During the Civil War, a peculiar and brutal Confederate legion terrorized Union camps in western North Carolina and eastern Tennessee. Eventually, Union leaders called on a regiment from Peoria to take care of the problem. The key battle has largely gone forgotten in the South, but that might change.
During the Civil War, a peculiar and brutal Confederate legion terrorized Union camps in western North Carolina and eastern Tennessee.
Eventually, Union leaders called on a regiment from Peoria to take care of the problem. The key battle has largely gone forgotten in the South, but that might change.
North Carolina might officially memorialize that battlefield, a move that would recognize Peoria's role there to streams of tourists and Civil War buffs. But that effort sorely needs help from Peoria to detail one of the oddest tales in this country's military history.
"It's just crazy," drawls Terrell Garren, an amateur historian spearheading the recognition effort.
At the center of the story is William Holland Thomas, a North Carolina native who grew up with the Cherokee. So close was he to the tribe, as an adult he acted as the Cherokee agent in Washington, D.C. Adopted as a son by Chief Yonaguska, he was elected chief upon Yonaguska's death - the only white man to serve as head of a tribe. Meantime, he served in the state legislature from 1848 to 1860, during which time he served the Cherokee nation well.
When the Civil War broke out, he organized for the Confederacy the Thomas Legion of Cherokee Indians and Highlanders. The battalion of 400 men included the curious sight of whites (in Confederate uniform) and Cherokees (in traditional Indian war dress).
"There's never been another battalion quite like it," says historian Garren, 58, a retired educator.
The legion was never completely defeated by the Union. It grew a feared reputation, especially after 1862's Battle of Baptist Gap. An ambush by Indiana soldiers cut down a beloved legion lieutenant. Incensed, legion Cherokees chased down fleeing Union soldiers, scalping 10 of them.
"There wasn't another incident like that for the rest of the war," Garren says. "But it got in all the northern newspapers, and even got in newspapers in Europe."
After further success by the pesky legion, Union Gen. Samuel D. Sturgis called on the 14th Illinois Cavalry "to pursue this force and destroy them," Sturgis would later recall. The unit had formed in Peoria in late 1862, comprised of soldiers throughout the state.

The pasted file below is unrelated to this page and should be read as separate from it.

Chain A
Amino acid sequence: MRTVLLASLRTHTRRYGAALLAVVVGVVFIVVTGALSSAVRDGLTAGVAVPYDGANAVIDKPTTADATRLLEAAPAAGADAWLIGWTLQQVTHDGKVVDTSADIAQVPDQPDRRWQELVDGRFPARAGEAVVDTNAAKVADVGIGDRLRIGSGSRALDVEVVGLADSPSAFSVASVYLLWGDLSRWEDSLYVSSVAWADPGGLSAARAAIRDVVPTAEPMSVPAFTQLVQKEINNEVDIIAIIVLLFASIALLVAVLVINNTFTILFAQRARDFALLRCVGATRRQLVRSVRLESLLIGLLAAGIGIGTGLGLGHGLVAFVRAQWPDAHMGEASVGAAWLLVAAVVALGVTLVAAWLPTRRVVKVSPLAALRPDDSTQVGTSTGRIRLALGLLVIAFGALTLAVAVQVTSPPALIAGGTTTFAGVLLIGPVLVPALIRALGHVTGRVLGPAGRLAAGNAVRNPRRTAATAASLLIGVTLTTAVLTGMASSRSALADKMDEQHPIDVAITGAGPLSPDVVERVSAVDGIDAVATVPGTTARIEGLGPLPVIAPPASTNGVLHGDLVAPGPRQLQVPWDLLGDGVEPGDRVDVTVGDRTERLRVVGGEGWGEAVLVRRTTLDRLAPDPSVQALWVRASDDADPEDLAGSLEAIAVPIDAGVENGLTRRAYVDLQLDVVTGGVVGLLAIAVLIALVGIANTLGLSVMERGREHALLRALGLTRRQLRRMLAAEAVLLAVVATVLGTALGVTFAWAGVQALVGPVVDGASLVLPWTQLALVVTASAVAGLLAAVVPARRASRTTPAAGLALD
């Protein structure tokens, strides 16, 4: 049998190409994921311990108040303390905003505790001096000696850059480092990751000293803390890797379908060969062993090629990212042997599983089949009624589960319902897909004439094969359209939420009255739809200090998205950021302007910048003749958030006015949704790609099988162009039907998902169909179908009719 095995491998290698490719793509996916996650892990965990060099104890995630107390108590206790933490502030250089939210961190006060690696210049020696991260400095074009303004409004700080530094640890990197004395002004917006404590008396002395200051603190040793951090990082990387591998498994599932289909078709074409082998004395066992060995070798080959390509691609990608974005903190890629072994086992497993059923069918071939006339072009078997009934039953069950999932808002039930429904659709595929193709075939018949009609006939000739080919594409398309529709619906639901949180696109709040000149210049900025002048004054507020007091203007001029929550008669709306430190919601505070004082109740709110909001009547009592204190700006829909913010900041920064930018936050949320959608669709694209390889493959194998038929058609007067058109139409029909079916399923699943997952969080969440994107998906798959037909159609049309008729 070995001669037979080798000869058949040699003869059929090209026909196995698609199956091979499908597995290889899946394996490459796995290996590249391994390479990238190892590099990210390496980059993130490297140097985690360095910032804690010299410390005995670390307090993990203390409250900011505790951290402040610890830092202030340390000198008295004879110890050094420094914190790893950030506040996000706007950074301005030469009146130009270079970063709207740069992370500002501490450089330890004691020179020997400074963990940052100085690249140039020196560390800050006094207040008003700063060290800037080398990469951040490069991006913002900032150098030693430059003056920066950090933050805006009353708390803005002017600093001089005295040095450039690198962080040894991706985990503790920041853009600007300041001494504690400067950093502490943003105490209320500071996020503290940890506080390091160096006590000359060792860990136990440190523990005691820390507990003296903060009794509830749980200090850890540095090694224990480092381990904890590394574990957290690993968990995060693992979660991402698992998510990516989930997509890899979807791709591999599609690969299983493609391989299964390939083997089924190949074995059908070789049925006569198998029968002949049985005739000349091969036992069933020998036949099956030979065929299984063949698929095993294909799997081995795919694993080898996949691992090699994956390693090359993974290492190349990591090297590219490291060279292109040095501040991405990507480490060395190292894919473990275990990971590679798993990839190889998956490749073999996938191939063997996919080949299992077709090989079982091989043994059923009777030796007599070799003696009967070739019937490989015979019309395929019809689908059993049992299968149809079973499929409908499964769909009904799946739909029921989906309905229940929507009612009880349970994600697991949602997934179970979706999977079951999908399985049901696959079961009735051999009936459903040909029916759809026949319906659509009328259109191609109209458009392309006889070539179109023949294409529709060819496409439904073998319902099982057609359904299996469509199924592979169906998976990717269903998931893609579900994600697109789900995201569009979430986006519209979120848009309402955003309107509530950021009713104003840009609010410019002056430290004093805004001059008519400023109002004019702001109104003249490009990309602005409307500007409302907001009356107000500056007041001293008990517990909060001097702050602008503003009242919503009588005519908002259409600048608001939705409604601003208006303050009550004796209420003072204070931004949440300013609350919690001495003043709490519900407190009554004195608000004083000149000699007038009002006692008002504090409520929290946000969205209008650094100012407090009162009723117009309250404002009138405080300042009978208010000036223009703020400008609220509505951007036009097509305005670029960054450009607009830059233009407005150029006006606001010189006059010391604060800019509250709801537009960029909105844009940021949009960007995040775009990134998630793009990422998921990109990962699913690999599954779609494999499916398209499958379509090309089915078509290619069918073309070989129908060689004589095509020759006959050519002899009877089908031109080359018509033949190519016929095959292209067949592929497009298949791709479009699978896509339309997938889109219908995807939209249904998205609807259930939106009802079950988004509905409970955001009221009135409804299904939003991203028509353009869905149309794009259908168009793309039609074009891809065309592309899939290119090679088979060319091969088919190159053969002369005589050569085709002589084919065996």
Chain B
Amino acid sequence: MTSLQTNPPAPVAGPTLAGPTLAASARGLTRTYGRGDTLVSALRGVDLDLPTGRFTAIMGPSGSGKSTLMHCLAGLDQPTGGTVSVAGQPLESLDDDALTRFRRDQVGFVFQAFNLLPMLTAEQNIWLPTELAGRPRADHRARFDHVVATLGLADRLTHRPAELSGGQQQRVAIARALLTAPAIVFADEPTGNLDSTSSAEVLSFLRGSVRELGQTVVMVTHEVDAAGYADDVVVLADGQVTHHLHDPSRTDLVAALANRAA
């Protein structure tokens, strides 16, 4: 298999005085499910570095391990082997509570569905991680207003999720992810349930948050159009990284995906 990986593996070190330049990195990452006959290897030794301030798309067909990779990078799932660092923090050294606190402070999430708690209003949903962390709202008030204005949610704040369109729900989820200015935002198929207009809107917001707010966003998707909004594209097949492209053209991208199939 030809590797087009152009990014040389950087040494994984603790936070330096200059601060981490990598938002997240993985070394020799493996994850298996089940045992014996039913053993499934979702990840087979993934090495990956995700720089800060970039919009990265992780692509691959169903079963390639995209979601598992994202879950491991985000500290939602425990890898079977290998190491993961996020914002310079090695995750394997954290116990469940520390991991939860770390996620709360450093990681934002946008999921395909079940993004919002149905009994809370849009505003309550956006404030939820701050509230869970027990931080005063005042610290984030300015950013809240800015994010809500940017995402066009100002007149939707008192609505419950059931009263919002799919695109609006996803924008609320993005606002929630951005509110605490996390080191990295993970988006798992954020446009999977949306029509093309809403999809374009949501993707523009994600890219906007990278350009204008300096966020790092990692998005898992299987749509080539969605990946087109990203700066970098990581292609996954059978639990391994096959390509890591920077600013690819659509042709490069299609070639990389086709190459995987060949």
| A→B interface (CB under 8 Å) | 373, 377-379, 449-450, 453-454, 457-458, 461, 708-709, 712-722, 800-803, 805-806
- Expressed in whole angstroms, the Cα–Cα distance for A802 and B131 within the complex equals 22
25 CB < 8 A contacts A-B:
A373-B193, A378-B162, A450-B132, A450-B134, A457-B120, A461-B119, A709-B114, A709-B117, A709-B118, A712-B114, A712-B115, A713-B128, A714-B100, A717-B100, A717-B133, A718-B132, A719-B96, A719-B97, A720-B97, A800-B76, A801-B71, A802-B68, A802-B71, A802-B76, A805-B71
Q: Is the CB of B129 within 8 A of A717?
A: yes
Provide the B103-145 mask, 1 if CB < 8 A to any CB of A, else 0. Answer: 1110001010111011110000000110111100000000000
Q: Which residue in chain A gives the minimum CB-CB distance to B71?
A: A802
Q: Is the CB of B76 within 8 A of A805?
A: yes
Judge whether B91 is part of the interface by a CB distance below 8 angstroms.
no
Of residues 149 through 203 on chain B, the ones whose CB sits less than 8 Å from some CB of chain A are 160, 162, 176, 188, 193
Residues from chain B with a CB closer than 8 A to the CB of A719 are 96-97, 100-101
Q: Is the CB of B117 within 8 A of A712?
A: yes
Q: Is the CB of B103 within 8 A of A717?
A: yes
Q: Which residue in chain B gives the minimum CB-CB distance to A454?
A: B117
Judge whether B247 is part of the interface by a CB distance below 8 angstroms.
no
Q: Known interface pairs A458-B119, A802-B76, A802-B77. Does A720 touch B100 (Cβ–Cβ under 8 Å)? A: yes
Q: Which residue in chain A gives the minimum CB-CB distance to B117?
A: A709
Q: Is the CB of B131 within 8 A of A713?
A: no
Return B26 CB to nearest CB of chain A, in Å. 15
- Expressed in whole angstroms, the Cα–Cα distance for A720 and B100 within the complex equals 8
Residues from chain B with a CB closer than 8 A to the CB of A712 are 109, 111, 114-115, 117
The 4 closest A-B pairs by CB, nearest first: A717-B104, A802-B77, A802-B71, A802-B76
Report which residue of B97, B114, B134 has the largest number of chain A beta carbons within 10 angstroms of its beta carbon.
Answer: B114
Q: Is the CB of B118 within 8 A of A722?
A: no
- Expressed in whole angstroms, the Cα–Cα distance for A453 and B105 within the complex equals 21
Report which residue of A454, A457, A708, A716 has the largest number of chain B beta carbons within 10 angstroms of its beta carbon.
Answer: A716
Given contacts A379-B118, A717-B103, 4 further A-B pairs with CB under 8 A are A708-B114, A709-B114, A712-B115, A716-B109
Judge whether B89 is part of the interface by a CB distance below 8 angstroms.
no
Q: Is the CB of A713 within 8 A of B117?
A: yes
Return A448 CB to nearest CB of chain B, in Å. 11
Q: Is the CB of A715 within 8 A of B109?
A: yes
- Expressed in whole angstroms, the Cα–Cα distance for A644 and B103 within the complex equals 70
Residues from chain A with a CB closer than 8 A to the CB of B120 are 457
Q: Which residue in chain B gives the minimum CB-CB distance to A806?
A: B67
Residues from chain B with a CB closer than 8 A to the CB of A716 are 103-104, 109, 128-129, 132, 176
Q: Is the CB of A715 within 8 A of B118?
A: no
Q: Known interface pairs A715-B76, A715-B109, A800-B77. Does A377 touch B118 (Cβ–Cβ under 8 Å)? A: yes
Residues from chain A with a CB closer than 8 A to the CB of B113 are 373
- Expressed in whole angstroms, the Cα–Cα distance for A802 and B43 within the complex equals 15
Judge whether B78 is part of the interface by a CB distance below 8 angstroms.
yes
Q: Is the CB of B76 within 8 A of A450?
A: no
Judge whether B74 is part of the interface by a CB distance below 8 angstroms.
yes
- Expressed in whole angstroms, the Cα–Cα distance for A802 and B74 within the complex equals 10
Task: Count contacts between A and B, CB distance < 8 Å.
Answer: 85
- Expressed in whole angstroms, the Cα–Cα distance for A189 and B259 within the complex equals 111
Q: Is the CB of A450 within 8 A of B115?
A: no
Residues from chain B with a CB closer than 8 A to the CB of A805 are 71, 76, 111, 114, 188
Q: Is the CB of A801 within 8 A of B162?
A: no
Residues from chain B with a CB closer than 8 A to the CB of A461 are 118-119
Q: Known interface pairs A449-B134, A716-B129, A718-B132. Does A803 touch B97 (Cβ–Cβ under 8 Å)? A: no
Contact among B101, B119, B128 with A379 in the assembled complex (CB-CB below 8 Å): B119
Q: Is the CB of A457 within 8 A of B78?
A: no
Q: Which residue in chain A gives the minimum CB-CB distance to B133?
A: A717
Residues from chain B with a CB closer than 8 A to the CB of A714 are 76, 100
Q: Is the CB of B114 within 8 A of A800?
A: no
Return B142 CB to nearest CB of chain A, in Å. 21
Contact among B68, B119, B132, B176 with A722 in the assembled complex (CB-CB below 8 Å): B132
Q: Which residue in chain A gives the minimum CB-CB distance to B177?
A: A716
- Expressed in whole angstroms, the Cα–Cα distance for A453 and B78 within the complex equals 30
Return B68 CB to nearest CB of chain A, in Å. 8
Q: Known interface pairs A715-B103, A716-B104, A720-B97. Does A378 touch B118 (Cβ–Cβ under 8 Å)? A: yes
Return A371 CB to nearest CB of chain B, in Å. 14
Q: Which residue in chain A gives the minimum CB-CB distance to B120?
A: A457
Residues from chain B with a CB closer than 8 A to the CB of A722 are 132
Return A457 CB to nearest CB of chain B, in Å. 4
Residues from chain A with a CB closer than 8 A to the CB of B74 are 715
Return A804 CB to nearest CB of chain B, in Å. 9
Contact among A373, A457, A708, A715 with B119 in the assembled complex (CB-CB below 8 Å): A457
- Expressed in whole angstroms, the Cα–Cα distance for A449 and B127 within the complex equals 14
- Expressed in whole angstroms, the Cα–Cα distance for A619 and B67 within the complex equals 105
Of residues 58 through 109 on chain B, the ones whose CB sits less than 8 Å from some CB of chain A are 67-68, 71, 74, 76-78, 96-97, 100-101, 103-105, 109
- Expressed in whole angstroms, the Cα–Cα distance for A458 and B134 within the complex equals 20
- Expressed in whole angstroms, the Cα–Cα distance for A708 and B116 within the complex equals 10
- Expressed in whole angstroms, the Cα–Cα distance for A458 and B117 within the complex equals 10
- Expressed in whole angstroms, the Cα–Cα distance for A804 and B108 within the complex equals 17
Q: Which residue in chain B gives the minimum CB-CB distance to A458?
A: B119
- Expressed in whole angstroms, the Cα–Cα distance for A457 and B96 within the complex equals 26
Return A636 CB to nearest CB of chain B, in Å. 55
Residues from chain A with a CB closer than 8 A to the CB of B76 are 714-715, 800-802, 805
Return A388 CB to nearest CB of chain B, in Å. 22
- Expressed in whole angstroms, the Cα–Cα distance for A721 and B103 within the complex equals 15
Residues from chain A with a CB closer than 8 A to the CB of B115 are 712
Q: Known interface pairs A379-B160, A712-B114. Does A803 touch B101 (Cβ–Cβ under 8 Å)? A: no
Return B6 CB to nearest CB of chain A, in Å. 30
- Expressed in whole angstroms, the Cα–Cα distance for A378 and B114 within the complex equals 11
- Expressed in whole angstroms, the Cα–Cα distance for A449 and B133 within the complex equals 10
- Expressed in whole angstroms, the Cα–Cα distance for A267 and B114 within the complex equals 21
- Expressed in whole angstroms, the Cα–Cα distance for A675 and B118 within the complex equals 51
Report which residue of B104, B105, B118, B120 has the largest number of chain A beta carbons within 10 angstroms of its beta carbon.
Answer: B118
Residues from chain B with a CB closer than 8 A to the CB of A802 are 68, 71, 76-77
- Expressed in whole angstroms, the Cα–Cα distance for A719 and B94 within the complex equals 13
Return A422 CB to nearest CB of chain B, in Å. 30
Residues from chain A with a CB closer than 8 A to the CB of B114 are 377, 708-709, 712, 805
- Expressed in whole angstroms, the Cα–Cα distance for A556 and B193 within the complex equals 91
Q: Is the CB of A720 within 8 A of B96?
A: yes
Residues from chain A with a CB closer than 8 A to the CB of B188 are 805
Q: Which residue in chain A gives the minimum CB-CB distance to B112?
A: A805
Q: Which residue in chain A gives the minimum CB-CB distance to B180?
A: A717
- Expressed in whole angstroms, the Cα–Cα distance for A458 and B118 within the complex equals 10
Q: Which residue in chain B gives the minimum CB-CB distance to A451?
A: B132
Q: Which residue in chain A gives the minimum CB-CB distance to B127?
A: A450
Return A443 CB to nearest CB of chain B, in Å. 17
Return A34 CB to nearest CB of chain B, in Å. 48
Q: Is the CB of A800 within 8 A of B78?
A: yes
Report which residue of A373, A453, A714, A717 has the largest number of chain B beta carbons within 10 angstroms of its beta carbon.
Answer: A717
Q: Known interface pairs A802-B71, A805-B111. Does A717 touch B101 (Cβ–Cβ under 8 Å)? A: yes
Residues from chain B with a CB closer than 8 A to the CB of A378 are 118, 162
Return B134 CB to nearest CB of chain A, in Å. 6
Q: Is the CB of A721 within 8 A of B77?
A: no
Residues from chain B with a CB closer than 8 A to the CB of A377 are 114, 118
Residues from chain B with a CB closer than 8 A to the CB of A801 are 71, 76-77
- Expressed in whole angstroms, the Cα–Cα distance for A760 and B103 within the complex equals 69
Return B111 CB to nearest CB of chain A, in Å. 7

The 14th, with about 250 soldiers by early 1864, searched for the like-manned Thomas legion near Bryson City in western North Carolina. To get there, the regiment pushed through high mountains to get to the site, horses dragging artillery cannons all the way, often through torrents of rain, according to 1898's "History of the Fourteenth Illinois Cavalry."
On Feb. 2, the cavalry received intelligence that the Thomas legion was camped at the confluence of the Tuskeegee River and Deep Creek. The cavalry advanced carefully, as "final success and even preservation of our precious scalps depended upon our taking the enemy by complete surprise," Sturgis would recall.
Early that morning, upon the order to charge, the cavalry attacked, "drawn sabers slashing in the sunlight, like an avalanche tearing down the side of a steep mountain," Sturgis would say. The legion was surrounded on three sides. Casualty counts differ by source. Sturgis claimed 60 legion soldiers died; however, historian Garren can confirm just 10.
Union casualties included just four definite deaths. One was Lt. Horace Capron of Peoria, who commanded one of the cavalry's two companies. He would die four days later.
"Lieutenant Horace Capron was one of the most bold and skillful line officers in the regiment, and as a man and comrade he was beloved by all," Sturgis would say.
He was laid to rest in an unmarked grave at Springdale Cemetery; however, local war researchers found the site and put a marker there in 2000.
Another Peorian, Pvt. Harmon Huck, probably died from injuries in the fray. Garren, however, can't positively say that Huck, who died the next month, was hurt in that battle. Huck's resting place is unknown.
Union leaders were pleased with the cavalry's performance. Ulysses S. Grant sent a special dispatch lauding the soldiers for their efforts.
After the Battle of Deep Creek, the Thomas Legion continued to fight, but never as well.
"It was a blow to their prestige," Garren says. "It was a blow to their security."
After the war, Thomas would continue to minister to the Cherokee. However, he soon suffered from what might've been Alzheimer's disease, and he spent most of the rest of his life in mental institutions. He died in 1893.
Over the ensuing decades, memory pretty much died out regarding The Battle of Deep Creek. But Garren, author of four books on the history of Civil War in western North Carolina, recently realized the battle's significance as that with the most casualties in that area. So, he has been petitioning the North Carolina Office of Archives and History to officially recognize the battlefield. A marker for the site would make it part of the Civil War Trails system and part of the tourism circuit.
The state agency could decide the matter next month. To bolster his research, Garren is looking for helpers from Peoria. If you're interested, you can contact him at firstname.lastname@example.org.
If approved by the state, the designation might make for heightened tourism - and a nod to Peoria. The site, not far from the entrance to Great Smoky Mountain National Park, makes it a natural draw for visitors.
"This (battle) just happened to have happened at one of the most beautiful places on earth. ..." Garren says. "In the long run, I think this has a lot of potential."
Peoria Journal Star columnist Phil Luciano can be reached at (309) 686-3155 or email@example.com.